The district attorney dropped rape and kidnapping charges against a pair of former cops who admitted to having sex with an 18-year-old Coney Island woman in their custody in 2017, and will instead pursue trying the defendants on lesser charges of official misconduct and taking bribes.
Prosecutors on March 6 dismissed the charges against one-time Police Department detectives Richard Hall and Eddie Martins due to “unforeseen and serious credibility issues” with the woman’s testimony, according to the district attorney’s spokesman Oren Yaniv, who said the office is still committed to seeking justice in the case.
“We are fully committed to holding these defendants accountable by vigorously pursuing the charges in this case that can be proven with independent and reliable evidence,” Yaniv said.
The woman allegedly provided prosecutors with a “series of false, misleading, and inconsistent statements about the facts of the case,” according to a January letter Chief Assistant District Attorney Nancy Hoppock wrote to the Supreme Court judge presiding over the case, whom Hoppock also requested appoint a special prosecutor to the case due to concerns that dropping the charges would undermine both the woman’s and the public’s trust in the justice system.
“If we decide to drop certain counts against the defendants, the decision will surely be perceived by [the woman], and we now fear by the public, as evidence that we are, in fact, unfairly disfavoring [the woman] and favoring the defendants,” Hoppock wrote. “In the end, we want to see justice done on [the woman’s] behalf, and we want to maintain community trust in the criminal-justice system.”
But another Supreme Court judge, Justice Matthew D’Emic — who was assigned to respond to Hoppock’s letter — ultimately rejected the prosecutors’ request, claiming that the district attorney’s office had “fulfilled its ethical obligations” by being forthcoming about the woman’s alleged lies, and that concerns about losing the public’s trust were “not a reasonable ground for disqualification.”
The woman’s lawyer, however, argued the district attorney’s office was not justified in dropping the charges, claiming that the defendants’ attorneys assailed his client’s credibility in an effort to pressure prosecutors, whom he said ultimately chose to drop certain charges based on their frustrations with the 18-year-old.
“The defense was trying to say well, look at these false accusations, maybe she’s not credible — they pressured the DA,” said Michael David. “We saw this coming, because a few weeks ago, before the trial was starting, the DA wanted her to accept reduced charges and she wanted the rape charges to go ahead — when that happened, they turned on her.”
Hall and Martins now face up to seven years in prison if convicted of the top charge in their 11-count indictment, which includes nine counts of official misconduct and two counts of taking bribes. Previously, the two faced as many as 25 years behind bars if convicted of the top charge in their former 50-count indictment, which included multiple counts of rape.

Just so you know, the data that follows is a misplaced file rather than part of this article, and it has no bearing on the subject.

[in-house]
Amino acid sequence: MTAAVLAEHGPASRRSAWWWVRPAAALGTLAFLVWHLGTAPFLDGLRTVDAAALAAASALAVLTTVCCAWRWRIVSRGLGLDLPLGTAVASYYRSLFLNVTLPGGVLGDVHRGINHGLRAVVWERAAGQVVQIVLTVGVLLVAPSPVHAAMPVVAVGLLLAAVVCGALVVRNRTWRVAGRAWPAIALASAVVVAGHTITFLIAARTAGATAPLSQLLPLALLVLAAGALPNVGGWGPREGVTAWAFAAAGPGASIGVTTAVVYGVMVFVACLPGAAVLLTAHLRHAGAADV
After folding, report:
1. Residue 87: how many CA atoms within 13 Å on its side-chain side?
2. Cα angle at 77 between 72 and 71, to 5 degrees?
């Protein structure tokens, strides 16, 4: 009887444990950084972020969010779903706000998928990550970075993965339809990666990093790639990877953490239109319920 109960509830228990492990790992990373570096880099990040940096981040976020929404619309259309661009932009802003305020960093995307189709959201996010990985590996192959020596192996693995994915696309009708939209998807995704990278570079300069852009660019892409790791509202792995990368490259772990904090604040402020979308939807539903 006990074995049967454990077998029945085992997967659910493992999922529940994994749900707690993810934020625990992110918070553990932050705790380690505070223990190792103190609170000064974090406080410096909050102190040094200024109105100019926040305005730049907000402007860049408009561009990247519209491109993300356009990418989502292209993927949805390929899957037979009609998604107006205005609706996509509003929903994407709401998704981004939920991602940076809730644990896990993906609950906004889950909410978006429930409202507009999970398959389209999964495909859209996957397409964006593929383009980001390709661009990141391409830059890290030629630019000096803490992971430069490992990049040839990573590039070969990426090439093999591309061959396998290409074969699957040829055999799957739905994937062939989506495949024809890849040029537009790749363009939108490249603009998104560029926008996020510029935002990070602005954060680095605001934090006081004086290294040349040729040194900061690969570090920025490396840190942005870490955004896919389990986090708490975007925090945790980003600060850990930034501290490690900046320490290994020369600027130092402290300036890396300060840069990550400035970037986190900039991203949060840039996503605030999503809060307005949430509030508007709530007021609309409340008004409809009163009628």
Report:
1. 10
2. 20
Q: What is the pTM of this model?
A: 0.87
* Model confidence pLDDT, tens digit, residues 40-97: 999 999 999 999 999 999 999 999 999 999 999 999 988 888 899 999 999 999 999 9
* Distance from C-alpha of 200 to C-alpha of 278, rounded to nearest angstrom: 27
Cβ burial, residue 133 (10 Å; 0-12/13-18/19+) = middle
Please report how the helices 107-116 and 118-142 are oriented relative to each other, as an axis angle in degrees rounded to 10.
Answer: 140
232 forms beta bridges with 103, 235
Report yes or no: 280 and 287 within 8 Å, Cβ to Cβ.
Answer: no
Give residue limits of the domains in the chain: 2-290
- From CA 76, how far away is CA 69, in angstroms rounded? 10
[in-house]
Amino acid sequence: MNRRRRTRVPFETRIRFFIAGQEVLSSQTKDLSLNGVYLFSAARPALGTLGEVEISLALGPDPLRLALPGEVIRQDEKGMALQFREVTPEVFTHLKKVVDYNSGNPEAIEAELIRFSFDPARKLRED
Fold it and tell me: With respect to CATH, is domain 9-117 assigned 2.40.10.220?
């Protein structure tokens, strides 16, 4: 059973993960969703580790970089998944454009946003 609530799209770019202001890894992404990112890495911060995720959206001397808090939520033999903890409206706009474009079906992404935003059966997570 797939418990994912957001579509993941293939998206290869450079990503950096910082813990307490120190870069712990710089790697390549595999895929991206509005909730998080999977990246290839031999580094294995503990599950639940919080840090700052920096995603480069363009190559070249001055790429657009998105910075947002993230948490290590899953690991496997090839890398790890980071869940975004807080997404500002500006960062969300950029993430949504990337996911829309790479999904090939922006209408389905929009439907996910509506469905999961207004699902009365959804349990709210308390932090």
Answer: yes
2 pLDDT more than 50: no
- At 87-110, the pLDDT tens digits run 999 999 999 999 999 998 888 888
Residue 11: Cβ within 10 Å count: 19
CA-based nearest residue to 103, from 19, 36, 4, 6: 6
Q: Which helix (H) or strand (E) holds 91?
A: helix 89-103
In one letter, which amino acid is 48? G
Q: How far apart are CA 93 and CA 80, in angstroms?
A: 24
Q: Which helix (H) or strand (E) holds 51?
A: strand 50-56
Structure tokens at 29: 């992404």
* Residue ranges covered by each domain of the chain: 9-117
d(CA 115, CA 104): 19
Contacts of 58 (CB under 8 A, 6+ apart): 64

The former detectives, who worked as part of the Brooklyn South Narcotics Unit, quit the force days after their 2017 arraignment on the 50-count indictment, when they pleaded “not guilty” to the rape and kidnapping charges and were released on bail.
Their departure came days before the two were set to face an internal trial about the incident, which occurred in September 2017, after the pair arrested the woman in Gravesend’s Calvert Vaux Park for allegedly possessing small amounts of anti-depressants, marijuana, and prescription pills.
The woman claimed the pair never phoned the arrest in to the 60th Precinct, instead telling her they would release her with a lesser penalty if she complied with their demands. The detectives then allegedly took the woman on a drive through Southern Brooklyn that ended in the parking lot of a Cropsey Avenue Chipotle between Bay 52nd and 53rd streets, where they took turns forcing her to give them oral sex in the back of the van, before Martins raped her, according to her attorney.
Following the alleged assault, the detectives dropped the woman off at a Blink Fitness on W. Eighth Street, between Surf and Neptune avenues, just down the road from the 60th Precinct’s station house, David claimed. The woman’s mother took her to the hospital that night, where doctors performed a rape kit — which found Hall and Martins’ genetic material on the defendant, prompting the detectives to argue the sex acts were consensual, a claim the woman denied.
The former cops’ claim of consent prompted Councilman Mark Treyger (D–Coney Island) to introduce legislation prohibiting law-enforcement officials from claiming such acts with people in their custody are consensual, which state lawmakers signed into law last spring as part of Gov. Cuomo’s executive budget.
Hall and Martins are scheduled to return to court on May 8. David plans to seek a federal prosecutor to file criminal civil-rights violations in the case, he said.
By submitting this comment, you agree to the following terms:
You agree that you, and not BrooklynPaper.com or its affiliates, are fully responsible for the content that you post. You agree not to post any abusive, obscene, vulgar, slanderous, hateful, threatening or sexually-oriented material or any material that may violate applicable law; doing so may lead to the removal of your post and to your being permanently banned from posting to the site. You grant to BrooklynPaper.com the royalty-free, irrevocable, perpetual and fully sublicensable license to use, reproduce, modify, adapt, publish, translate, create derivative works from, distribute, perform and display such content in whole or in part world-wide and to incorporate it in other works in any form, media or technology now known or later developed.